I really thought that last month’s column would be my final one--at least for now--concerning Regulation Best Interest, or Reg BI, which was issued by the U.S. Securities and Exchange Commission on June 5.
That column concluded by calling for the demise, sooner rather than later, of Reg BI: "[I]n my view, some body with the appropriate standing should sue the SEC forthwith in order to jettison Reg BI for the great mistake it is. In 2007, the Merrill Lynch Rule was slapped down by a federal appeals court in Financial Planning Association v. SEC. The Court held that the SEC overstepped its bounds by attempting to negate a long-standing federal statute--the [Investment Advisers Act of 1940]--through its regulatory rule-making. My belief is that the SEC has committed even greater transgressions in the case of Reg BI."
Well, guess what? Not one, but two, lawsuits were filed against the SEC and its chairman within five days of publication of the column (talk about waving a magic wand). The first suit was filed on Sept. 9 by attorneys general from New York, New Mexico, California, Oregon, Maine, Connecticut, and Delaware, plus the District of Columbia. The other suit was filed the following day by XY Planning Network, LLC, and one of its member firms, Ford Financial Solutions, LLC.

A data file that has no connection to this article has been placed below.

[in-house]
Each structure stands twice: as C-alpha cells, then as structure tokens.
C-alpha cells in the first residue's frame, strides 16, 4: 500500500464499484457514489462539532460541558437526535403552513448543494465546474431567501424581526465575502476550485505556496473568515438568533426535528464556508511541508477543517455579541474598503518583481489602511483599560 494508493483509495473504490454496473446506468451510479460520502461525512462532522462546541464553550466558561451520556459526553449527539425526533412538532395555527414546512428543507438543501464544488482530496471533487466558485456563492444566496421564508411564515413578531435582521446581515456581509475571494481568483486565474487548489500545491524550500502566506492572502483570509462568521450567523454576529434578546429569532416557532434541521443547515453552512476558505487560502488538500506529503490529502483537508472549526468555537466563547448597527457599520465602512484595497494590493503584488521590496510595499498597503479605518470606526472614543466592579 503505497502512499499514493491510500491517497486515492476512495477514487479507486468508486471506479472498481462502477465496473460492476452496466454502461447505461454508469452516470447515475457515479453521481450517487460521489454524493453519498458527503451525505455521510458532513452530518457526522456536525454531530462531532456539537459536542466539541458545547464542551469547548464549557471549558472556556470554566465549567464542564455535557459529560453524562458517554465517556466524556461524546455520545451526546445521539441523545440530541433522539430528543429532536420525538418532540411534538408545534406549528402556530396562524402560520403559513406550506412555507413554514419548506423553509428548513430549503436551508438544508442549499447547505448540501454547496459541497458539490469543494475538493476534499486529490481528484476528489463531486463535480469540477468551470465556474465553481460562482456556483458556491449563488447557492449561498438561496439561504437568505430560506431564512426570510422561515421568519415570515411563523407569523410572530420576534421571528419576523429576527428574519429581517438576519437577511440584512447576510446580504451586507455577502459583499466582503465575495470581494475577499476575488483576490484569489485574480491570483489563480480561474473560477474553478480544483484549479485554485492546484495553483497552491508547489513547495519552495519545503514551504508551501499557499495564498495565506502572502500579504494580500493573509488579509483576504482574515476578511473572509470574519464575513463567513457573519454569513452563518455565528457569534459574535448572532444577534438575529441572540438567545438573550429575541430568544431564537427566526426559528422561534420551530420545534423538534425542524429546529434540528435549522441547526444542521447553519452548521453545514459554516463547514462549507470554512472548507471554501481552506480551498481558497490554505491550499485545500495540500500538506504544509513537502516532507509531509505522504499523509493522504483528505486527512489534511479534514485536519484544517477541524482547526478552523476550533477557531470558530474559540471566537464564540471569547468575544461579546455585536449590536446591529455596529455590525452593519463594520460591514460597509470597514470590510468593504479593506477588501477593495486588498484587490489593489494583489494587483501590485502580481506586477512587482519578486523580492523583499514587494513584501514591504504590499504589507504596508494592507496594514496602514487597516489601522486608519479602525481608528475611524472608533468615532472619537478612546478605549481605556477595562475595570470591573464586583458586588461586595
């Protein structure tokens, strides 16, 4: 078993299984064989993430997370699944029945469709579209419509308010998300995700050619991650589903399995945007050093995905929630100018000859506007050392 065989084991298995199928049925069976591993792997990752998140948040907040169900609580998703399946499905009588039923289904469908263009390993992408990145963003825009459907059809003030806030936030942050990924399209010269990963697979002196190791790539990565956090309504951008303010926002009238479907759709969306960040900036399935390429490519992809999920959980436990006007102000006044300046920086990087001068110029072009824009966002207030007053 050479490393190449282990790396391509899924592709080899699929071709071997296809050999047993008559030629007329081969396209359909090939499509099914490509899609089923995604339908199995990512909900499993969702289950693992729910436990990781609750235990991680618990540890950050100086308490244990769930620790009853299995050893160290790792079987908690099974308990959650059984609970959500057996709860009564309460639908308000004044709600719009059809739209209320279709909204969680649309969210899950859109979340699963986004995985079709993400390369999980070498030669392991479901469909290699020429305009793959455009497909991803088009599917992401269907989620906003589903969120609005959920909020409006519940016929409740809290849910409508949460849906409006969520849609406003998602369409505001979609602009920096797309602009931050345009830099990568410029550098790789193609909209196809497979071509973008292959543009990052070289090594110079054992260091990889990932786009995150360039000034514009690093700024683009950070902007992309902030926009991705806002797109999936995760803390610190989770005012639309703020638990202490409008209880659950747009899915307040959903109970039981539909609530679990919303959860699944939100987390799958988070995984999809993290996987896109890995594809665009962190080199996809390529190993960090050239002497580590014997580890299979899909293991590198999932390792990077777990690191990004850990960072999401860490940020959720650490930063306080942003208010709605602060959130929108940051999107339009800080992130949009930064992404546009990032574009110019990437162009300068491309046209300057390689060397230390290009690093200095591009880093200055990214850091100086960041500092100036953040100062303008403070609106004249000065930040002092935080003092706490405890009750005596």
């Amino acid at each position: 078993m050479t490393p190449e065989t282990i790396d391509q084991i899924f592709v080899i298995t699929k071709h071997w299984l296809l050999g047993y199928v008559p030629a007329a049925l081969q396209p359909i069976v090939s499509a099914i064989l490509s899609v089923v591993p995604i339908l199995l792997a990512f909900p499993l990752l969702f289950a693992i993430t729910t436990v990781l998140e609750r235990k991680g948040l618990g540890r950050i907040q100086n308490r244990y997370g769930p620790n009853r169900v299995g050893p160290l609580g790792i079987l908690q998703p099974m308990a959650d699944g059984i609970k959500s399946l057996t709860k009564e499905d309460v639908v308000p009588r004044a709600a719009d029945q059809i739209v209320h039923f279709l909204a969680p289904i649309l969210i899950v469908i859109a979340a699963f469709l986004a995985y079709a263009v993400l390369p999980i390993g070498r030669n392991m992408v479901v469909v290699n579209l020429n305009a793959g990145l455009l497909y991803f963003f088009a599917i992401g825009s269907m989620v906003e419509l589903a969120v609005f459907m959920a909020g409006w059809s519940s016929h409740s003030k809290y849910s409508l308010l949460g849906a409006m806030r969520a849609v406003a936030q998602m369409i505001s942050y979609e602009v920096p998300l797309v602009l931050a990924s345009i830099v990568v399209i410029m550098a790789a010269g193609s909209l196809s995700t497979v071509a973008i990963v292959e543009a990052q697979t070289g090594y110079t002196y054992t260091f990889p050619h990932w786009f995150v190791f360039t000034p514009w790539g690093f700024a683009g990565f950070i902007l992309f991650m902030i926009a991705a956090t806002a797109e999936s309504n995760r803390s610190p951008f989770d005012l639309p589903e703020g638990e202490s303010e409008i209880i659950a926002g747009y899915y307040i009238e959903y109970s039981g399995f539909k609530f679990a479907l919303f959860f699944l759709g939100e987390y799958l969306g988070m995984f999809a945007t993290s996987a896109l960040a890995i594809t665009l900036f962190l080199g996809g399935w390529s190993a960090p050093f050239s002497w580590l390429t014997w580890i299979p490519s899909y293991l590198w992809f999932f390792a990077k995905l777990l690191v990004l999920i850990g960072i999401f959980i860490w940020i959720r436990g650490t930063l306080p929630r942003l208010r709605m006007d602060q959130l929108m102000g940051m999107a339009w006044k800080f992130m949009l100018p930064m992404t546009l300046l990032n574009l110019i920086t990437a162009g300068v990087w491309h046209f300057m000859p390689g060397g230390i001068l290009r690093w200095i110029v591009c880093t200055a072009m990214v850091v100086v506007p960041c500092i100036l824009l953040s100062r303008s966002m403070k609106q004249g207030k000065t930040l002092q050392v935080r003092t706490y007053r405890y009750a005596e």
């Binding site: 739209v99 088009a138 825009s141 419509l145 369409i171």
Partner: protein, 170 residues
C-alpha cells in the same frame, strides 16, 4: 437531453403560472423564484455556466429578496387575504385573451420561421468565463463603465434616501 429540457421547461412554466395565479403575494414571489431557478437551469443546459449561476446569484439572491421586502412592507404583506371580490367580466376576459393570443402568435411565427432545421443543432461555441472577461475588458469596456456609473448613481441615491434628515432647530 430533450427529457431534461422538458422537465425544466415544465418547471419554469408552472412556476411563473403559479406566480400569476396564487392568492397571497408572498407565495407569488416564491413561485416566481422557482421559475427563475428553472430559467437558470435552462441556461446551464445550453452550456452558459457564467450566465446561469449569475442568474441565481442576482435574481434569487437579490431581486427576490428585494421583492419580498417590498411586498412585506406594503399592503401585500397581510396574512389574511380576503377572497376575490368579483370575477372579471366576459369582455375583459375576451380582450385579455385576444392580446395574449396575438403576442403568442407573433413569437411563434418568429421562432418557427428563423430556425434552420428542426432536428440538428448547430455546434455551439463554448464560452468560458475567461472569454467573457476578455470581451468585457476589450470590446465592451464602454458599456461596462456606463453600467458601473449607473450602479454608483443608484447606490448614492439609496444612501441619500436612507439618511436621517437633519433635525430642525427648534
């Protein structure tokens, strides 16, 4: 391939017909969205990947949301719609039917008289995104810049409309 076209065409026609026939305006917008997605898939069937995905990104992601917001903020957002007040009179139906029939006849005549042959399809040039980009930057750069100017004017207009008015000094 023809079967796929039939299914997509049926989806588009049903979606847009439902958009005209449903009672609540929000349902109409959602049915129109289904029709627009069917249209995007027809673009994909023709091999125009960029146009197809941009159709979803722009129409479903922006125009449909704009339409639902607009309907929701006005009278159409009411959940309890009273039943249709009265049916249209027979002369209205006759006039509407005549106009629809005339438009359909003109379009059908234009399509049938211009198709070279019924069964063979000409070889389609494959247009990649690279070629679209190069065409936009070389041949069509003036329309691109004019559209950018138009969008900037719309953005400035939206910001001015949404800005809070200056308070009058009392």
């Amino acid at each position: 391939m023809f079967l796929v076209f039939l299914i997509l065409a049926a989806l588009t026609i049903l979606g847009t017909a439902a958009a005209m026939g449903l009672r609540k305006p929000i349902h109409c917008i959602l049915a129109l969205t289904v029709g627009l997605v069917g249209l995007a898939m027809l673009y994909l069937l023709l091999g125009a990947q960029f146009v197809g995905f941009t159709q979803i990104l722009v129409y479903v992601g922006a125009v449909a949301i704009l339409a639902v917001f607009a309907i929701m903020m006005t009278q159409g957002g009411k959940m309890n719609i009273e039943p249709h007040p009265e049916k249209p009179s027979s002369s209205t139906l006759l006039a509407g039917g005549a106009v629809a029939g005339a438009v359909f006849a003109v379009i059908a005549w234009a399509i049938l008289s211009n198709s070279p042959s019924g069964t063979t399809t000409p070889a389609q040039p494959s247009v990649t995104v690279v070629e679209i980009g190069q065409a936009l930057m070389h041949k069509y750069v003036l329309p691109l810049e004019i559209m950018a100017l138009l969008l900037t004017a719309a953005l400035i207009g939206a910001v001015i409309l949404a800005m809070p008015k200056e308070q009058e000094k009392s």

The issues discussed in the two lawsuits don’t appear to differ in any significant way. They do differ, however, in the harmful impacts that the feared Reg BI will have on public entities (namely, state governments), as described in the first suit, and on private entities (namely, Registered Investment Advisors), as described in the second suit.
In the first suit, the states contend that Reg BI will harm their sovereign, proprietary, economic, and quasi-sovereign interests. What this means, in short, is that the failure of Reg BI to set forth a fiduciary standard for broker/dealers has negative economic consequences, not only on investors but also on the litigating states. Let’s delve into this a bit.
First, each of the states has a strong interest in maintaining their status as an independent, self-governing entity within the federal framework of the United States. This sovereign interest is harmed, the states contend, when the SEC imposes a rule nationwide that causes injury to the economic well-being of their residents and negatively impacts their own tax coffers.
Second, the states argue that Reg BI will cause economic damage to their proprietary interest in tax revenue because it injures retail investors which, in turn, negatively impacts the states’ tax revenues and their economies. More particularly, as the suit explains: “…because distributions from tax-deferred retirement plans taken by retirees in excess of the specified New York State income tax deduction are taxable and provide revenue to New York State, losses in those plans means less tax revenue for New York State. Similarly, in the District of Columbia, distributions from tax-deferred retirement income such as a traditional IRA, a 401(k), or a private pension are fully taxable and any losses in those plans would directly impact tax revenue for those states. The other [states] are similarly harmed… Thus, [states] are injured by the loss of tax revenues from the taxable portions of the distributions from retirement and other retail investment accounts that have diminished value as a result of conflicted advice caused by [Reg BI].”